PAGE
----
With the increased pervasiveness of Artificial Intelligence (AI) and Machine learning (ML) systems, machines are making decisions impacting our everyday lives. Shall we trust the algorithms and the decisions? Are they fair to everyone? Can they be biased? How is race, gender, social class…. etc considered during the decision-making process?
Whilst human bias is acknowledged, very well studied and documented, the machine bias is still to be explored. Indeed, as ML algorithms are developed by humans, they inevitably inherit from the humans biased approaches resulting in digitised bias. This may raise because the bias is within the data (how it was collected, sampled or how it is used to train the ML system), within the ML algorithm (how it is built, how the results are interpreted ...etc) or simply caused by unconscious bias.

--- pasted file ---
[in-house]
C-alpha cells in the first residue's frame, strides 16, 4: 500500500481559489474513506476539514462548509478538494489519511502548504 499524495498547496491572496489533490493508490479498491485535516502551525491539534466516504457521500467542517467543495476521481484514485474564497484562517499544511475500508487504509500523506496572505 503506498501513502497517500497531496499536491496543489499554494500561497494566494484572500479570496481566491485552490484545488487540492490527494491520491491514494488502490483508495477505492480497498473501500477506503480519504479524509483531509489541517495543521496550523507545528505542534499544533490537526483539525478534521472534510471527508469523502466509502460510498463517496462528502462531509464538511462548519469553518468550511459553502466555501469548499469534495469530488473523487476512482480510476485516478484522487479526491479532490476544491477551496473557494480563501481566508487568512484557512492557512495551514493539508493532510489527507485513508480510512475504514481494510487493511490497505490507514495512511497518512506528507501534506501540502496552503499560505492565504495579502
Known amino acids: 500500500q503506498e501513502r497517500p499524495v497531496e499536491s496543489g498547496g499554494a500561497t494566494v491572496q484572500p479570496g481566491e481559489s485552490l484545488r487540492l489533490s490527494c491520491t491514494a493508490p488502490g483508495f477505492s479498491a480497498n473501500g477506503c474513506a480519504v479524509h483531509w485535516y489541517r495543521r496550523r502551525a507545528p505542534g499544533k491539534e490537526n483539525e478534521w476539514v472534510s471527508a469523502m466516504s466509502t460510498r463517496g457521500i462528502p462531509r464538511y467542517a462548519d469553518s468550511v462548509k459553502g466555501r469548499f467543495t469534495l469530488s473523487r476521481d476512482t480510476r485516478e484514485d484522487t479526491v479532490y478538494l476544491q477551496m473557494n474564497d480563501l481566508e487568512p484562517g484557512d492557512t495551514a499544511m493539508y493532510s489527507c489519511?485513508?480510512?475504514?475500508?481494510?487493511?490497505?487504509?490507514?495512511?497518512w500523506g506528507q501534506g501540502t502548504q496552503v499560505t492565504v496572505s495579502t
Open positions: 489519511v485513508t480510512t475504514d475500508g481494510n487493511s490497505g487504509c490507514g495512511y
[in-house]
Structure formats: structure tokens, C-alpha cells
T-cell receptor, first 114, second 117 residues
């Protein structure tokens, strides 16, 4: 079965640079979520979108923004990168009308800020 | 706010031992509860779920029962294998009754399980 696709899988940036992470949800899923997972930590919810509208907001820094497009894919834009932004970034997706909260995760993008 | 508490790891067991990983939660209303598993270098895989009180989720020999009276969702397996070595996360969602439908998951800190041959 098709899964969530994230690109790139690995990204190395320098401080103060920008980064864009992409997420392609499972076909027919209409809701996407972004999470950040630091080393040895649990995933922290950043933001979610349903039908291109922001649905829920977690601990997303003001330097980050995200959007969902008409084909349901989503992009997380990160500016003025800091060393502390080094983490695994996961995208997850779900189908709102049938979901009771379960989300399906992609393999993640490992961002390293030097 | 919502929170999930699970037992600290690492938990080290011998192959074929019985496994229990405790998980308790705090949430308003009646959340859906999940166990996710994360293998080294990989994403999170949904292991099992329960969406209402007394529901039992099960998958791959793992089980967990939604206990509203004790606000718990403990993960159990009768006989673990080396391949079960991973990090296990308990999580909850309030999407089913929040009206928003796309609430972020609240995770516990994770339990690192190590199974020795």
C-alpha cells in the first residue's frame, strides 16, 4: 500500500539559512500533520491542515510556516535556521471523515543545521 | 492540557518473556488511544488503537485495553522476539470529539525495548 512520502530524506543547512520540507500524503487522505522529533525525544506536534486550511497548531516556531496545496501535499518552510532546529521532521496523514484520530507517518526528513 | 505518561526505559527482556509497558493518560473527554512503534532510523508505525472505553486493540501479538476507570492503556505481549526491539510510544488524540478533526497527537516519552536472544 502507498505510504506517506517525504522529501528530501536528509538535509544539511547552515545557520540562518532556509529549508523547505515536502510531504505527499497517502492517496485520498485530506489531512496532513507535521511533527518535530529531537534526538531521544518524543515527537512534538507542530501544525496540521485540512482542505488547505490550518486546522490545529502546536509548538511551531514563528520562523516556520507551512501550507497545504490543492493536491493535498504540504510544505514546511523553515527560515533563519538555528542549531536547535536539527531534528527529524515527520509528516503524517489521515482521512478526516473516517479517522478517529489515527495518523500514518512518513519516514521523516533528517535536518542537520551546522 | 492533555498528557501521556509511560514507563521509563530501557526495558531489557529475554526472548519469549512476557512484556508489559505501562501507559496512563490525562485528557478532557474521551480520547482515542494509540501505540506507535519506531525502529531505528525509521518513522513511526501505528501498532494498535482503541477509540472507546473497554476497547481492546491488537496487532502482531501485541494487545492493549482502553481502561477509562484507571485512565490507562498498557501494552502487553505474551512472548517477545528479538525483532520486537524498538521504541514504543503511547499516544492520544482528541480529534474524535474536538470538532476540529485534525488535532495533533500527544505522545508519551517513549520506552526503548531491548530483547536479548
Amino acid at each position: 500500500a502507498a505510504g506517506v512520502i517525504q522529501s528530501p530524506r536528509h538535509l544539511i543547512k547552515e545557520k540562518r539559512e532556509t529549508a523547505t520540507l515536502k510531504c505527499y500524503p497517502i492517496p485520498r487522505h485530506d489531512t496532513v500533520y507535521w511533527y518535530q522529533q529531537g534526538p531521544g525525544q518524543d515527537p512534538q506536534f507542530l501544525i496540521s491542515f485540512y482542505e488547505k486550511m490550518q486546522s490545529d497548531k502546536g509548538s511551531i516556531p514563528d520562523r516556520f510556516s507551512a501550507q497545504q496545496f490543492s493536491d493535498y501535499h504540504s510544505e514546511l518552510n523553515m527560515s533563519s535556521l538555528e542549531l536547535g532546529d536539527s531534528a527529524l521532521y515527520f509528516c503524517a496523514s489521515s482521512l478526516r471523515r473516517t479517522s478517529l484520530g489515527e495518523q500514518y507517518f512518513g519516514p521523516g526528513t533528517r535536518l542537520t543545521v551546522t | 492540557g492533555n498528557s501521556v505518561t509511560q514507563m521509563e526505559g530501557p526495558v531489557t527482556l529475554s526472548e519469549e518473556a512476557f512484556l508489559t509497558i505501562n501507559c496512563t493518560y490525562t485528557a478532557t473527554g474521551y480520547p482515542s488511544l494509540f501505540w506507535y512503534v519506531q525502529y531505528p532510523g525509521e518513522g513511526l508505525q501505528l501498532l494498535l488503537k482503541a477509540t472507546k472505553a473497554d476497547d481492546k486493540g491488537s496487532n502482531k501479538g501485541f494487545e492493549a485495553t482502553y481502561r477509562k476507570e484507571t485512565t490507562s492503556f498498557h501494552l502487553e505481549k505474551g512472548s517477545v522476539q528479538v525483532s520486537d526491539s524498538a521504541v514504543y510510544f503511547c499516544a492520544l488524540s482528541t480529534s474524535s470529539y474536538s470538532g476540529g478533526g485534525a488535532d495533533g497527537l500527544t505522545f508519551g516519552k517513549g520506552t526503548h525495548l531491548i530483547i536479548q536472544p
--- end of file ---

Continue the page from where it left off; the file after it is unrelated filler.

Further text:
In this project you will investigate how current approaches to ML can be improved to remove the existing bias in both the datasets used as well as the methodologies and algorithms applied. Can fairness regulators be implemented?
Evaluation of the outputs through case study analysis is critical and will be a central part of the project.
We are happy to consider other variations on the theme!
A degree in Computing (or equivalent),
Artificial intelligence skills
Algorithm design skills
Experience with experimental design useful
Knowledge of statistics/maths useful
M.O.R. Prates, P.H.C. Avelar, L.C. Lamb (2019). "Assessing Gender Bias in Machine Translation -- A Case Study with Google Translate” Neural Comput & Applic 32, 6363–6381 (2020).
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